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I THOUGHT YOU SHOULD KNOW | Jesus’ cross guides us to intimacy with God and within the family

“(Jesus) ‘for a little while’ was made ‘lower than the angels,’ that by the grace of God He might taste death for everyone.”

The readings for the 27th Sunday in Ordinary Time relate this mystery: God’s creation of man in original justice, man’s loss of that justice, God’s restoration of man and man’s call to intimacy with God.

In the first reading, God says, “It is not good for the man to be alone. I will make a helper suited to him.” God created animals to be man’s companion. Man named each animal, “but none proved to be a helper suited to the man.”

Then God created woman and brought her to the man, who said, “This one, at last, is bone of my bones and flesh of my flesh; this one shall be called ‘woman,’ for out of ‘her man’ this one has been taken.

“That is why a man leaves his father and mother and clings to his wife, and the two of them become one flesh.”

Man was really created in a state of grace called original justice. In the book of Hebrews, just prior to the selection on Sunday, we read “It was not to the angels that He subjected the order of things to come, of which we are speaking. Instead, someone has testified somewhere: ‘What is man that you are mindful of him? Or the son of man that you care for Him? You made Him for a little while lower than the angels; you crowned Him with glory and honor; subjecting all things under His feet.’”

Of course, man fell into sin. The second reading states: “He [Jesus] ‘for a little while’ was made ‘lower than the angels,’ that by the grace of God He might taste death for everyone.”

God’s love for fallen man was so great that Jesus lowered Himself below the angels so that He might take on our sins and raise us above the angels. By entering into our fallen condition, He enabled us to overcome sin and live in union with Him.

The Gospel is insightful in this way: When the Pharisees approach Jesus and tell him that Moses permitted the husband to give His wife a bill of divorce, Jesus said, “Because of the hardness of your hearts he wrote you this commandment.”

“But from the beginning of creation, God made them male and female. For this reason a man shall leave his father and mother and be joined to his wife, and the two shall become one flesh. So they are no longer two but one flesh. Therefore what God has joined together, no human being must separate.”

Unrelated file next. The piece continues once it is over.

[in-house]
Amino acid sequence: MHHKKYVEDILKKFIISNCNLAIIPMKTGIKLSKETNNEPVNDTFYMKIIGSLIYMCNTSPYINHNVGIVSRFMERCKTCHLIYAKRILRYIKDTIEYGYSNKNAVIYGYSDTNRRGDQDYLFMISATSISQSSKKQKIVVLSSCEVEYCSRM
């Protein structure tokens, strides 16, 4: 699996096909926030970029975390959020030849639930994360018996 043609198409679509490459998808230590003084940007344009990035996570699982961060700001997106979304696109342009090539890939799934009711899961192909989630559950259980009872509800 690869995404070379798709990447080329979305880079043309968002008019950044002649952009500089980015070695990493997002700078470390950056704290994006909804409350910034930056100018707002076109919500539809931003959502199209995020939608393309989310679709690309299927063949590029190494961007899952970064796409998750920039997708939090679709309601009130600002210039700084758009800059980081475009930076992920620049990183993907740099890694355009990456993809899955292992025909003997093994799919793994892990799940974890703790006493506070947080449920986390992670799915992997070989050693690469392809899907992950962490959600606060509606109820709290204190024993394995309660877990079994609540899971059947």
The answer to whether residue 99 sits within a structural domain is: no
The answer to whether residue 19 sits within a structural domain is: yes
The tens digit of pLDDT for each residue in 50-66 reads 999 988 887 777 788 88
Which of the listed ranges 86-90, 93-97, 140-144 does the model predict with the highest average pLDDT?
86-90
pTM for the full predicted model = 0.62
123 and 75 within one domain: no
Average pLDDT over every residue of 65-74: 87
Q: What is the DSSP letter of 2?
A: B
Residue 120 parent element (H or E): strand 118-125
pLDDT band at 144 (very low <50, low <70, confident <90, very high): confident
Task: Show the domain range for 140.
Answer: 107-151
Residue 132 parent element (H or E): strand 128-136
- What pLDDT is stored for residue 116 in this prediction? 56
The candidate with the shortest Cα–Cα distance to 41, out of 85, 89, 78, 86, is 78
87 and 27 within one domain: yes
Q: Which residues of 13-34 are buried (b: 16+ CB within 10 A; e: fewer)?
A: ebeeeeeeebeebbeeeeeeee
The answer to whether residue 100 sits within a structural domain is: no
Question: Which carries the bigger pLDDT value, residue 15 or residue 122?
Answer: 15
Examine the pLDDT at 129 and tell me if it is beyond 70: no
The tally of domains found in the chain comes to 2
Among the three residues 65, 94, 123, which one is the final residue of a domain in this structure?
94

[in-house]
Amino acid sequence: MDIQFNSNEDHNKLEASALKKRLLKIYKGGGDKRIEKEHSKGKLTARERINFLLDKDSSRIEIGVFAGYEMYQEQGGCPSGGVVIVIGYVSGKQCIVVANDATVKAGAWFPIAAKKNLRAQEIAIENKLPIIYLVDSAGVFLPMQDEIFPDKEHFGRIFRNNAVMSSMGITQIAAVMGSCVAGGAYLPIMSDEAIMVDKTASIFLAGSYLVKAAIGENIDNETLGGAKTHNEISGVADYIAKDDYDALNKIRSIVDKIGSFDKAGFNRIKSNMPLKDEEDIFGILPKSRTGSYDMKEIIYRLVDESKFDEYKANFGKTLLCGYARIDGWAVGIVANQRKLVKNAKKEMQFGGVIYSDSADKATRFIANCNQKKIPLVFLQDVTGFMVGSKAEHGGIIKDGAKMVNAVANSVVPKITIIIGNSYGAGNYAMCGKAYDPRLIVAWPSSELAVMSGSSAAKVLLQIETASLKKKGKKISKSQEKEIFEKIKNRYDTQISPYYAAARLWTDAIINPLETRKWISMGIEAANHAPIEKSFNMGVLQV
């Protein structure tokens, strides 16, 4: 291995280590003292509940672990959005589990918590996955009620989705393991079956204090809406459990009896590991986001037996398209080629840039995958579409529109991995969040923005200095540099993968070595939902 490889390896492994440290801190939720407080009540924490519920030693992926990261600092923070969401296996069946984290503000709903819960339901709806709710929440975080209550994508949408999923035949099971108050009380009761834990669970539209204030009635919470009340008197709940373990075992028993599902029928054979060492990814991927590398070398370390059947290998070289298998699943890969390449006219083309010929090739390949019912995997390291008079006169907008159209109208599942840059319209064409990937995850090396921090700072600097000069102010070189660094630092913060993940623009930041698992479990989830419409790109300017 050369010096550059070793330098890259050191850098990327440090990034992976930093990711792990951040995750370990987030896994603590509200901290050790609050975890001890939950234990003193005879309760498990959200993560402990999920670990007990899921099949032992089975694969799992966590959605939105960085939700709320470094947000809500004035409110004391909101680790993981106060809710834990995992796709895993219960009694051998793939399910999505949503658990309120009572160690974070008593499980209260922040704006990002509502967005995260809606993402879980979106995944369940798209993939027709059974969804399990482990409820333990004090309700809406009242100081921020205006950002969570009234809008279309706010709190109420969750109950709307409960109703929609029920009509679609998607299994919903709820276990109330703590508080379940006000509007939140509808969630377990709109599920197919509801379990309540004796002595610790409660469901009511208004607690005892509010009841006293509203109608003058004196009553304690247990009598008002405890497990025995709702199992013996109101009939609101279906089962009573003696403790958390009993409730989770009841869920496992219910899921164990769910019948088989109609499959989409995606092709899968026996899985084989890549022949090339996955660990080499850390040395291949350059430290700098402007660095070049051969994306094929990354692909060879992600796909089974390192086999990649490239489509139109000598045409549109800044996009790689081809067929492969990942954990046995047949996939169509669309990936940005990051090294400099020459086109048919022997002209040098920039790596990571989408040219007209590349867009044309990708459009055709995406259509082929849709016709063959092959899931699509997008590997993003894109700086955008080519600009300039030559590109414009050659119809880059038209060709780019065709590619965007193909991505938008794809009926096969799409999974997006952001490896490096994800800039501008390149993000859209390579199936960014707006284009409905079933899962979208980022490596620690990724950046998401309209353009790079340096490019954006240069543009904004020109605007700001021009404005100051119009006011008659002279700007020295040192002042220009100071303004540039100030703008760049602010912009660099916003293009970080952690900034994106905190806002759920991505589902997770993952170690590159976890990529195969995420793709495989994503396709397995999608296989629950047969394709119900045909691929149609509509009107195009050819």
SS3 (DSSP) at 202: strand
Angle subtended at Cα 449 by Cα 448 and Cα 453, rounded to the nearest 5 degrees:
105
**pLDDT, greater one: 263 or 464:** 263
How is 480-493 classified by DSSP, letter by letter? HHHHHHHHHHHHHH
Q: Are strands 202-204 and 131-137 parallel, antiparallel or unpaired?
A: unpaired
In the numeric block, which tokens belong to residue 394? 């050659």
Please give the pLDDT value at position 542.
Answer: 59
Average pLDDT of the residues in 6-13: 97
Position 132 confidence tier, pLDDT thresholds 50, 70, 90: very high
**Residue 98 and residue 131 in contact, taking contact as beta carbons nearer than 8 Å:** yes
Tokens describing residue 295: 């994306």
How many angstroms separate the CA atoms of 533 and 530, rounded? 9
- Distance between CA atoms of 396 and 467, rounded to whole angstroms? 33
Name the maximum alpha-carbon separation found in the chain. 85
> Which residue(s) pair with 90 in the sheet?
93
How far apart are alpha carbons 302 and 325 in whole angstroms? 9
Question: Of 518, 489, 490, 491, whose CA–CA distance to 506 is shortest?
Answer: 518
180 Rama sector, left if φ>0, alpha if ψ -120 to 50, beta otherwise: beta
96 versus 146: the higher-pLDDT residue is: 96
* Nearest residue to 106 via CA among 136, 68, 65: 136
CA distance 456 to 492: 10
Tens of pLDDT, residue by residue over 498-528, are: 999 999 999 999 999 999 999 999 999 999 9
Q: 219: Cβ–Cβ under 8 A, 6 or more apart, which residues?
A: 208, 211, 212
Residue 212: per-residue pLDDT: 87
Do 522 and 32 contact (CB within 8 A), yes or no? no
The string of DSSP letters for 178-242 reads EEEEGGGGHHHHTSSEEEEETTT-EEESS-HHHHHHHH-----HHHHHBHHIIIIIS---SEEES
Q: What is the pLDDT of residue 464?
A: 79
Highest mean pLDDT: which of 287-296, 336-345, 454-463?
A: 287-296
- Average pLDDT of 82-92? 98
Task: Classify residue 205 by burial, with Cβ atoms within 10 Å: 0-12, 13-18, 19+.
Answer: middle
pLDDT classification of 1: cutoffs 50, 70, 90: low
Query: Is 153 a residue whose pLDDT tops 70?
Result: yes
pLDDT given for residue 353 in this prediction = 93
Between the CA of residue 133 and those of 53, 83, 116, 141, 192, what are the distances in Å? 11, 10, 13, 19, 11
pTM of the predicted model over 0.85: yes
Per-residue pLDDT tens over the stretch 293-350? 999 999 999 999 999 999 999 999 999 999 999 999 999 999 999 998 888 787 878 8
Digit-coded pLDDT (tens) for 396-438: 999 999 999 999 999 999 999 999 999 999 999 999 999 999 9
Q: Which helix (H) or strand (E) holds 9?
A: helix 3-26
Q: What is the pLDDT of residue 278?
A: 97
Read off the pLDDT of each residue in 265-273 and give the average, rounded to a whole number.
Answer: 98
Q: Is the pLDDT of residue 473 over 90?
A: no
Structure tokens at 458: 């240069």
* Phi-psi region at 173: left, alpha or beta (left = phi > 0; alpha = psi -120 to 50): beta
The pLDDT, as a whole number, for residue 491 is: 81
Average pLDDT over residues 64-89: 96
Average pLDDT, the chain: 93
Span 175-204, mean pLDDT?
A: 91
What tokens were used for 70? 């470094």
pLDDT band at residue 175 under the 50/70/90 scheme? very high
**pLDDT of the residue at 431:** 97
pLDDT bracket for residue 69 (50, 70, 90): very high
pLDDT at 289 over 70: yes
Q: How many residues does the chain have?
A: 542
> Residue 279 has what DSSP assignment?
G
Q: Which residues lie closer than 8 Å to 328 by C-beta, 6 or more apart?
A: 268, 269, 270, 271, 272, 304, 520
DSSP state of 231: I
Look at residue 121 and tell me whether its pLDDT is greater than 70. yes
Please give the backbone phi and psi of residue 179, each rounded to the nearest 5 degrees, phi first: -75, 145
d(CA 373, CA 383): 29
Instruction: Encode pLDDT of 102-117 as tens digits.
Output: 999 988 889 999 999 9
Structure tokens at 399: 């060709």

This is the Bridegroom talking. After man had separated himself from God, Jesus died on the cross and formed His bride, the Church. He gave His life for her in order that she might be united with Him in the Holy Trinity.

The same intimacy that Jesus has with the Father, and that Jesus has for His Bride the Church, is the intimacy He invites us to have for each other. All He needs of us for this intimacy to take us over is our permission, so that He can have a freedom in our relationships. He wants us to be receivers and sharers of His mercy, kindness and forgiveness. We first learn how to do this in our families.

It starts with the union of man and woman in matrimony. Matrimony makes man and woman one flesh, and the grace of God transforming hearts in daily sacrifices for each other keeps them one.

How can we ever grow in holiness without God surfacing our woundedness so that we ask for God’s mercy and healing? The more this becomes a daily experience, the deeper the joy of marriage and the deeper the joy of being close to God.

This then flows into the children, their relationship with each other and with their parents. This doesn’t happen unless the parents make it intentional. From their experience of relating to each other, parents are well equipped to teach their children how to forgive each other and how to make sacrifices for the sake of family unity.

To make this possible, Jesus lowered Himself below the angels so that we would be lifted up in glory, the glory of the intimacy of the Most Holy Trinity. We can’t make this intimacy happen, but we can allow Jesus to change our hearts to bring it about.

Changing our hearts requires many sacrifices and much suffering, but Jesus is our companion in every sacrifice and in everything we suffer. Jesus is with us to help us and to encourage us. He has experienced the glory to which He is lovingly leading us. He will help us to turn hurtful people into companions in glory.

Jesus kept His eyes on His Father, and He is encouraging us to keep our eyes on Jesus: “For the sake of the joy that lay before Him He endured the cross, despising its shame, and has taken His seat at the right of the throne of God.”

So the next time when you feel all alone in your suffering, raise your eyes and see Him at the right hand of the Father, cheering you on. We are on the path to glory, and Jesus knows how to get us there.

Jesus is greater than our weaknesses and our heartaches. The people He helped us to forgive will be our companions in eternal glory.

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